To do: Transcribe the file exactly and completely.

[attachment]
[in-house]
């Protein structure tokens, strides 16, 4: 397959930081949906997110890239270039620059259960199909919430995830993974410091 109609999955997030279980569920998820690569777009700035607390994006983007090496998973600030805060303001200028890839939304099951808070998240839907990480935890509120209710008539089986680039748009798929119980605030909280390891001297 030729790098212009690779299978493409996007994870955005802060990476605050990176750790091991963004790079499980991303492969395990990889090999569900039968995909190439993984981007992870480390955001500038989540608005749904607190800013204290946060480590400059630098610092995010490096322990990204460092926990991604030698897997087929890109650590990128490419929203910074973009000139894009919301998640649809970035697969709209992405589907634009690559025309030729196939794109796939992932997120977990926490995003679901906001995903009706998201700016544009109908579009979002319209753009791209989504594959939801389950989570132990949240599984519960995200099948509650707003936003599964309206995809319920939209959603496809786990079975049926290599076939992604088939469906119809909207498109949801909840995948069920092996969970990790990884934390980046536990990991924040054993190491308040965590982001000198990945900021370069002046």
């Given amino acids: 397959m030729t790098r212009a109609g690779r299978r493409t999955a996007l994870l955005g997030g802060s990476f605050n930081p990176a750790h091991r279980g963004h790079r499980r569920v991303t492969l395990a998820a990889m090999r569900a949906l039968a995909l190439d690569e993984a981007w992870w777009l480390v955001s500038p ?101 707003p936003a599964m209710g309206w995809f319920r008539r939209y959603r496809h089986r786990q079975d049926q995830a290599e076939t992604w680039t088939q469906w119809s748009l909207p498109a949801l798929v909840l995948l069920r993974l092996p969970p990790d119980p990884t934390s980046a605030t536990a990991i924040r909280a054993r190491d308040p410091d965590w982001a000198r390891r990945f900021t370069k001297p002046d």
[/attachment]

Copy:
[in-house]
């Protein structure tokens, strides 16, 4: 397959930081949906997110890239270039620059259960199909919430995830993974410091 109609999955997030279980569920998820690569777009700035607390994006983007090496998973600030805060303001200028890839939304099951808070998240839907990480935890509120209710008539089986680039748009798929119980605030909280390891001297 030729790098212009690779299978493409996007994870955005802060990476605050990176750790091991963004790079499980991303492969395990990889090999569900039968995909190439993984981007992870480390955001500038989540608005749904607190800013204290946060480590400059630098610092995010490096322990990204460092926990991604030698897997087929890109650590990128490419929203910074973009000139894009919301998640649809970035697969709209992405589907634009690559025309030729196939794109796939992932997120977990926490995003679901906001995903009706998201700016544009109908579009979002319209753009791209989504594959939801389950989570132990949240599984519960995200099948509650707003936003599964309206995809319920939209959603496809786990079975049926290599076939992604088939469906119809909207498109949801909840995948069920092996969970990790990884934390980046536990990991924040054993190491308040965590982001000198990945900021370069002046």
């Given amino acids: 397959m030729t790098r212009a109609g690779r299978r493409t999955a996007l994870l955005g997030g802060s990476f605050n930081p990176a750790h091991r279980g963004h790079r499980r569920v991303t492969l395990a998820a990889m090999r569900a949906l039968a995909l190439d690569e993984a981007w992870w777009l480390v955001s500038p ?101 707003p936003a599964m209710g309206w995809f319920r008539r939209y959603r496809h089986r786990q079975d049926q995830a290599e076939t992604w680039t088939q469906w119809s748009l909207p498109a949801l798929v909840l995948l069920r993974l092996p969970p990790d119980p990884t934390s980046a605030t536990a990991i924040r909280a054993r190491d308040p410091d965590w982001a000198r390891r990945f900021t370069k001297p002046d």